October brings the Trunk or Treat. December there is usually a Christmas party.
At most of their events, Elijah DJ Beats Mode, run by an individual with special needs, provides the background music.
Russo’s Italian Kitchen, the Beaumont-Cherry Valley Grange, have been locations for fundraising car washes and pancake breakfasts.
DeAnn’s PAASS Kids flocks front yards, hosts bake sales, and conducts raffles. They throw pool parties.
“We give opportunities for people to learn about others,” DeAnn says. “It’s our little community, where people enjoy seeing each other, and sometimes some of them only see each other seasonally,” since some families are only interested in baseball, or only have the means to do swimming, for instance. “And it’s nice for parents, too. A lot of times parents can feel as if they’re on their own” when it comes to providing opportunities for their special needs family members, DeAnn points out.
Doing a lot on their own
The Dobbinses take great care in planning for their programs and events, and are stubborn when it comes to others trying to make suggestions and recommendations of what might improve DeAnn’s PAASS Kids’s programs.
“We have a focus of what works that keeps kids safe,” Mike insists. “Our minds are on the whole picture,” not just what might be helpful that could include another person with specific needs.
“The goal,” DeAnn adds “is to keep them busy with a variety of activities.”
Mike continues, “They all have their own little cute personalities and preferences. Maybe only three show up to do this, or 70 will show up to do that.”
Regardless of the effort — or the energy exerted to make things happen — DeAnn’s PAASS Kids strives to provide those opportunities.
At the moment, their board of directors consists of just Mike and DeAnn Dobbins.
They have done things just fine on their own for so long: if they choose to grow their board, they will have to rely on individuals they have worked with for a long time who they trust understand their intentions and mission.
A Pass area-wide impact
Linda Smith of Beaumont, a retired teacher and member of the local Soroptimist Club, helped collect dozens of stuffed animals for DeAnn’s PAASS Kids.
“When they started up, all they were doing was baseball at Noble Creek, and my son who is a Beaumont High School alumnus” (Steve Smith, Class of 1967) “never got to be a part of a program like that,” she recalls, but he later was invited to play baseball with the DeAnn’s PAASS Kids program.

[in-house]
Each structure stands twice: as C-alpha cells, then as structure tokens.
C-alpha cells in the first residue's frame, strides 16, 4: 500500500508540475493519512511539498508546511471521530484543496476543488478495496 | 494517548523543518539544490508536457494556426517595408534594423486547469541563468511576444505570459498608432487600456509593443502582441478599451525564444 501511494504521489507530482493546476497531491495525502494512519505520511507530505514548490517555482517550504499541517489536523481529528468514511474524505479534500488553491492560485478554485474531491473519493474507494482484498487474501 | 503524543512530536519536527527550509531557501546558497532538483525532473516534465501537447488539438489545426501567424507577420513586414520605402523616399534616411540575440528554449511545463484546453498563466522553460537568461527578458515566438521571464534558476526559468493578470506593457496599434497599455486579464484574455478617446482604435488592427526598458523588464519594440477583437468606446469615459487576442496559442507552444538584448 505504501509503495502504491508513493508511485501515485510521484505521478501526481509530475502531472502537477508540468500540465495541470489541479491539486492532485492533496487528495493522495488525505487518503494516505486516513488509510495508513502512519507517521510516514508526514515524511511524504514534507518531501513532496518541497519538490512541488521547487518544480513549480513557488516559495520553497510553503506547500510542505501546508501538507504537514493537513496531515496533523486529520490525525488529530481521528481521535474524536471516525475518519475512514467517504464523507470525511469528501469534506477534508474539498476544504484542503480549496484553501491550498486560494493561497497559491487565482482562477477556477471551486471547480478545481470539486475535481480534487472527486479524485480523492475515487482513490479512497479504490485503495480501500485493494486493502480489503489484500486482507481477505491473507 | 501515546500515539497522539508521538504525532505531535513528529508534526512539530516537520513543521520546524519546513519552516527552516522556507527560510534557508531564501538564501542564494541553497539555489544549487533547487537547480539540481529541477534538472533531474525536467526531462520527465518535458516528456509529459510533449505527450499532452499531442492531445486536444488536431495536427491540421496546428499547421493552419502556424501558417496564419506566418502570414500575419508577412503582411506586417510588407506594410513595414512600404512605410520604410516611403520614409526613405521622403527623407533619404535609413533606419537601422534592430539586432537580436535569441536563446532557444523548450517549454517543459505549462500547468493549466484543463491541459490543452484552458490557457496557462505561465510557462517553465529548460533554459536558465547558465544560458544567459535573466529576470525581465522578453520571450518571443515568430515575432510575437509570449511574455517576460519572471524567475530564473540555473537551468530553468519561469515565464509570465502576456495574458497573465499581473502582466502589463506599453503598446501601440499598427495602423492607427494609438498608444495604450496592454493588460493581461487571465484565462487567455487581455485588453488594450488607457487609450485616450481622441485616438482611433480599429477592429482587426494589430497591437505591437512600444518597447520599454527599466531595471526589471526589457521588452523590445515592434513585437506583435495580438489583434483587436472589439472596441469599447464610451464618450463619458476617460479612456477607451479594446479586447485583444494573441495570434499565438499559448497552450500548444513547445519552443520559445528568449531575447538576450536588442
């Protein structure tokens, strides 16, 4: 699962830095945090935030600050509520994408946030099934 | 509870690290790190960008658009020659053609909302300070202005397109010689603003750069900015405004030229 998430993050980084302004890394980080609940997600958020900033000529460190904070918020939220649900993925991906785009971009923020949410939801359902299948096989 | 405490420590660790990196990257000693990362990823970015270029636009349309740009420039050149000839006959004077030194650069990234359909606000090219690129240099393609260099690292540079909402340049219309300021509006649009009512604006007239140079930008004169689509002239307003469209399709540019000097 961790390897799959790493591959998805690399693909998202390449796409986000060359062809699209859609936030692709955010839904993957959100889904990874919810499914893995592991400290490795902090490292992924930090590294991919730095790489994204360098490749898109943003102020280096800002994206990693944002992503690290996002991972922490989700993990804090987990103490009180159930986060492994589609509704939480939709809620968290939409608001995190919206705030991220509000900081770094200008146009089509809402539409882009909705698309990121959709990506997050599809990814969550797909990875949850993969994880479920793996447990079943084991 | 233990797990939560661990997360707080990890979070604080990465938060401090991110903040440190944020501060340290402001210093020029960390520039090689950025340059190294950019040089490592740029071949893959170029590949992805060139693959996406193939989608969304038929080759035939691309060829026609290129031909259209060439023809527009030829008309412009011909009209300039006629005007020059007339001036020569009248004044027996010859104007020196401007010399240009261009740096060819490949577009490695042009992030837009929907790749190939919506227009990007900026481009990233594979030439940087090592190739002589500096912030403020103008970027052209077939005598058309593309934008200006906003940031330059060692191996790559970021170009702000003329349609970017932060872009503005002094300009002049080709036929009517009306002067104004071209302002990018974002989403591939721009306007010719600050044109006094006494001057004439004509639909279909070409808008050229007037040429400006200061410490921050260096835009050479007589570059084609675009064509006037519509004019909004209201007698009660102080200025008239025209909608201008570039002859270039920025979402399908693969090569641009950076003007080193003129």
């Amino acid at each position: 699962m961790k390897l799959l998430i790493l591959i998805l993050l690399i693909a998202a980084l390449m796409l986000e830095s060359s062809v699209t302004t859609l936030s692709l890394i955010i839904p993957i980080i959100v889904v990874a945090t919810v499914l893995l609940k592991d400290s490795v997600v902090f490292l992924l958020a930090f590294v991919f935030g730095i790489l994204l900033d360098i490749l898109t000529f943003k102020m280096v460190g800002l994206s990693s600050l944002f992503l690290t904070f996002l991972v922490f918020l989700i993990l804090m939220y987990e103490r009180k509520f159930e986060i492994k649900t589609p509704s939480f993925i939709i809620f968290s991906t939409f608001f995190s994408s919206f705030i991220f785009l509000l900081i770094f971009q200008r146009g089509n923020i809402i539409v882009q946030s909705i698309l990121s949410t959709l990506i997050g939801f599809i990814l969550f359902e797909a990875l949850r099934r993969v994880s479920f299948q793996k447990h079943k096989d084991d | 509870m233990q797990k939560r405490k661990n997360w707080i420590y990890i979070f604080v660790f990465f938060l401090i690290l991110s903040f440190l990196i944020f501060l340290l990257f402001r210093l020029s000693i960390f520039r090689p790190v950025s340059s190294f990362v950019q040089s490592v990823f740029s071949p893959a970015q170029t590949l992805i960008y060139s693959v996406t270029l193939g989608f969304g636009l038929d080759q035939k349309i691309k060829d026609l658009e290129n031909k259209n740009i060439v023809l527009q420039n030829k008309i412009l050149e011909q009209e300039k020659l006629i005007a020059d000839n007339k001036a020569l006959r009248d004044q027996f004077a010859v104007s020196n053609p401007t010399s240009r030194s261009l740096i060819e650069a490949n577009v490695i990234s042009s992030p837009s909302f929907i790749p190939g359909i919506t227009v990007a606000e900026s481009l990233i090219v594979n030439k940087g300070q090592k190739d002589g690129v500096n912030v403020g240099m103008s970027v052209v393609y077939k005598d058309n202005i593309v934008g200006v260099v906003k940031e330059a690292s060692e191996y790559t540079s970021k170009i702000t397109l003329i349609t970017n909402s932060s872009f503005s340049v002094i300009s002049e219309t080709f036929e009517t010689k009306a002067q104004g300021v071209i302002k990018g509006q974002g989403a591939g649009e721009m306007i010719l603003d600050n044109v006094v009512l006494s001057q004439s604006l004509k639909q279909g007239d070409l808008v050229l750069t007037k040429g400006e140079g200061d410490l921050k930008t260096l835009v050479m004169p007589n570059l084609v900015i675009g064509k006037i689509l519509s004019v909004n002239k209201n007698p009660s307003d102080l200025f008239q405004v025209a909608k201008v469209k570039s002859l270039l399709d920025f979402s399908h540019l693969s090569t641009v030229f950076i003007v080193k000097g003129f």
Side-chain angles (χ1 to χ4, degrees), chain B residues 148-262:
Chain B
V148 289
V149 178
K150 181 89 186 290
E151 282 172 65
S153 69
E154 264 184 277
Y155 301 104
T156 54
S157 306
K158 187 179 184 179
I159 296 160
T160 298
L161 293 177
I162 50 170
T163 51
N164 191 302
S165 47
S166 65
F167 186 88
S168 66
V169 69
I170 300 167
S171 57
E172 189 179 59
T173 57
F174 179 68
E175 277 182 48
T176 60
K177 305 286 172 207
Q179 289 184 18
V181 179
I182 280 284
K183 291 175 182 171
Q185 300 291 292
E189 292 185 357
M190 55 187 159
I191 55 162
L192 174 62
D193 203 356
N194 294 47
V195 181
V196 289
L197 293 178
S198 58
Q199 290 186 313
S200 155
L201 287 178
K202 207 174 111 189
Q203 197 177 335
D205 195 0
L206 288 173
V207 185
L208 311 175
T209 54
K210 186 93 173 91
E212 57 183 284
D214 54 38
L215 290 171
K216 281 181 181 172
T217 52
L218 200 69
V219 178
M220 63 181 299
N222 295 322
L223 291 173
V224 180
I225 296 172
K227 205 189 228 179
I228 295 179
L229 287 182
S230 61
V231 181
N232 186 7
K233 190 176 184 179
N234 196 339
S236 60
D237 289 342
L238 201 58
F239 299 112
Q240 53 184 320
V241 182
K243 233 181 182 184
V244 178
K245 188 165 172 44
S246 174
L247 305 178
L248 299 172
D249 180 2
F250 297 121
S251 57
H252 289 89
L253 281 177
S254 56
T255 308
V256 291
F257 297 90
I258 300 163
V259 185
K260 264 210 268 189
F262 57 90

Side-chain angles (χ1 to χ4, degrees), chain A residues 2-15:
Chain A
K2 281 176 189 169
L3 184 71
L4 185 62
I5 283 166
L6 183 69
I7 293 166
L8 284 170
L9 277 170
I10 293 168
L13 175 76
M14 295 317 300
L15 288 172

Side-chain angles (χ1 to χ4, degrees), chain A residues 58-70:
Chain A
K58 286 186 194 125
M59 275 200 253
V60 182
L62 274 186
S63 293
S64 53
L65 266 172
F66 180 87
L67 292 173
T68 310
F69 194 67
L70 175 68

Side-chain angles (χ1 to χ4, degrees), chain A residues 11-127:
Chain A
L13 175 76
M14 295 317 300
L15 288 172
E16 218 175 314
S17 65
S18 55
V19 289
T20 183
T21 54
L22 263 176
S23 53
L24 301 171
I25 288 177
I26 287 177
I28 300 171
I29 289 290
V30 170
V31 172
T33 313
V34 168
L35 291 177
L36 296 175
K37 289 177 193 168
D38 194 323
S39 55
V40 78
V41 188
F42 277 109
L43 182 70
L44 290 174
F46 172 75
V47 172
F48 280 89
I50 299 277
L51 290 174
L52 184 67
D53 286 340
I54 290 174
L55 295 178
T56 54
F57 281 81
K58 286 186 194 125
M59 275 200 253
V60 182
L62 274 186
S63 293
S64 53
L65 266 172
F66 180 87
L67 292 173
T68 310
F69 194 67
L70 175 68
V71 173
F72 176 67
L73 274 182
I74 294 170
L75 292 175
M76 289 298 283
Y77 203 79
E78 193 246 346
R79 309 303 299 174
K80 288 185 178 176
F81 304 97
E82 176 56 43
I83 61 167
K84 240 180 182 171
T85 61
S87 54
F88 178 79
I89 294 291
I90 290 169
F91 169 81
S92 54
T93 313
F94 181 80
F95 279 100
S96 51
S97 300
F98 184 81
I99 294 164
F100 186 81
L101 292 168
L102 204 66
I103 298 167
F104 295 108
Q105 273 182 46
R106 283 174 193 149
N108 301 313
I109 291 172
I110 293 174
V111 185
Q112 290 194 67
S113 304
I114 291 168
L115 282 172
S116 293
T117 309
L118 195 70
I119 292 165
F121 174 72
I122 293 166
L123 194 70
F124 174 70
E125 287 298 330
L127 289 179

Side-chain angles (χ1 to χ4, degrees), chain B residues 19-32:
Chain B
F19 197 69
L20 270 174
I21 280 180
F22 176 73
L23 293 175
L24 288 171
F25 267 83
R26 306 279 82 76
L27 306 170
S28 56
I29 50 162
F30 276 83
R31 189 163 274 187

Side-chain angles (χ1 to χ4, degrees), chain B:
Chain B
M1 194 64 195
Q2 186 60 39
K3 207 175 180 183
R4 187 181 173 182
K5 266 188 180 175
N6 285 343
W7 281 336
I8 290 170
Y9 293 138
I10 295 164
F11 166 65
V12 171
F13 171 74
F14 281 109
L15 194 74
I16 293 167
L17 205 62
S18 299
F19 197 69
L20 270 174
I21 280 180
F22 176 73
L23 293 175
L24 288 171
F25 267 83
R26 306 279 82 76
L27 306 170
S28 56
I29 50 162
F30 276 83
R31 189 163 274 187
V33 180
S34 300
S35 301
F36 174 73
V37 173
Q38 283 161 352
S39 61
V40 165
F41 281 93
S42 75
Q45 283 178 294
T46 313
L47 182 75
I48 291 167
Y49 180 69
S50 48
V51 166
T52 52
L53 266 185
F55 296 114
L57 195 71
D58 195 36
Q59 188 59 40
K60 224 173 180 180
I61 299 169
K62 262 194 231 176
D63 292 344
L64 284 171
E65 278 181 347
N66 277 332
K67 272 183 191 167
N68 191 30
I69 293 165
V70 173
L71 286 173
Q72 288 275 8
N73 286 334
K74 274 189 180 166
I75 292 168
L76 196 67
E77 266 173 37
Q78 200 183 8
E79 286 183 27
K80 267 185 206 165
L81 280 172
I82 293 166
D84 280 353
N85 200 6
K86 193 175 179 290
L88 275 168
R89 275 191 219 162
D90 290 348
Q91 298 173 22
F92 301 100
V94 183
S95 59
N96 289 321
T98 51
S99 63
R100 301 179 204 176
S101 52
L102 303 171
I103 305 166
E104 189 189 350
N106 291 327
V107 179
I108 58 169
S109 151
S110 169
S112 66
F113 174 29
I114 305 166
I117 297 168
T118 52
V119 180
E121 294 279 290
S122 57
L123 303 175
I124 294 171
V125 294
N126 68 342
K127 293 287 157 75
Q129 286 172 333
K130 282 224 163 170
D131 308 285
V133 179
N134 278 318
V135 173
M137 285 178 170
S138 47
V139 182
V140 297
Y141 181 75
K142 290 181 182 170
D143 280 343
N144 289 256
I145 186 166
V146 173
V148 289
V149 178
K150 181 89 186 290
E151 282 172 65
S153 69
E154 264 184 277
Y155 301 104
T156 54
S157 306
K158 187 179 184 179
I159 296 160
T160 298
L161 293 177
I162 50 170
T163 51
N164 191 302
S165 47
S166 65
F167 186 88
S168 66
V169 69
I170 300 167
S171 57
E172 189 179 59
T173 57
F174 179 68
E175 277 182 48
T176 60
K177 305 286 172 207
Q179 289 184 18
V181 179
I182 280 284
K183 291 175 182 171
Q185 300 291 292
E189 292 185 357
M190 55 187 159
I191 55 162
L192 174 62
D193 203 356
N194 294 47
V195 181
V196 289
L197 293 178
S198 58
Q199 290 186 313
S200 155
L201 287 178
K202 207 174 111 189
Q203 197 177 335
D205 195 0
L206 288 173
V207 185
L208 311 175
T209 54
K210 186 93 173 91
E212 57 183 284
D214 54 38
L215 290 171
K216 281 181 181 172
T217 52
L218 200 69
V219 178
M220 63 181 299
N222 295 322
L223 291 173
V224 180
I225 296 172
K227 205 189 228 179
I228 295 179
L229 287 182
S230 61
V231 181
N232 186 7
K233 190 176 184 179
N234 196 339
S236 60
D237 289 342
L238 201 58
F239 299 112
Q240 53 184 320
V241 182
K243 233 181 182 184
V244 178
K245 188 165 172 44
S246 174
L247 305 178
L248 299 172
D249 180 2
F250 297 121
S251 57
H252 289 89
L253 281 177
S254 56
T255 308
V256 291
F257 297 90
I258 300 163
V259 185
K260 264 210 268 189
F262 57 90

Linda’s husband’s name graces the Don Smith Stadium at the high school.
Smith credits DeAnn and Mike Dobbins for creating an environment where “There’s something for everybody, and they build our connections as parents. A lot of younger parents feel alone, and this is sort of a support group,” Smith says. “It’s the best thing that’s happened. It’s so inclusive and gives everybody something to look forward to all year long.”
Smith says she helps with fundraisers, though admits “Nobody puts as much in it as the Dobbinses do, for sure. Steve and I ran a crafts table for the Christmas party, and one of the crafts tables at their Trunk or Treat. Every kid got a stuffed animal, whether they were disabled or not” that showed up.
And Steve plays a big part, too.
“He’s become a permanent pitcher and coach of sorts,” Smith explains. “When little kids hit the ball and are not sure what to do next, he’ll lead them by the hand to the base.”
She is amazed at what the Dobbins family does: “Baseball in March, April, May — three hours in Beaumont, then run down to Banning to do it there, and it can be really hot” on some of those days. “They just keep on going. They’re like the Energizer bunny.”
Doreen Reynolds, a paraeducator for the Banning school district, met DeAnn when she was volunteering with Little League and the Challenger division for special needs kids, and Reynolds started working with medically fragile kids, accompanying DeAnn when she drove her buses for students with special needs.
“It’s always been in my heart to work with them,” Reynolds says. “Anytime we can drive, my family have all done volunteering with her (DeAnn) at some point, and we’ve volunteered our home for the Easter egg hunt tours, and helped on bowling days. DeAnn’s family did this out of their own pocket and their own time. When I see someone doing that much for the kids and the community of kids with special needs, I have to get involved. I could see she needed help. Without them, these kids would have nothing to look forward to: her Christmas parties, her bowling events, her music nights, her dances. She pretty much had a full schedule every night, from music nights at the Roosevelt Williams community center, where she would bring things they could shake or bang; and art nights — and never charged those families for anything these kids did. She and her husband would coach these basketball and baseball teams, and they were really being stretched, going between Banning and Beaumont leagues every day. They just did this out of the kindness of their hearts, with no help. They are bundles of energy, on top of her regular job, where she goes above and beyond as a bus driver of special needs kids to get where they need to go. I’m just so supportive of them, because there is a need for these kids to have a sense of normalcy.”
Sarah Rice of Beaumont, a special education teacher in Beaumont, was once invited to a baseball game for one of her students, and has been involved with DeAnn’s PAASS Kids ever since.
“She has drives for fundraisers for her kids, and for the homeless” as well. “It’s kind of nice to see my kids outside the classroom.”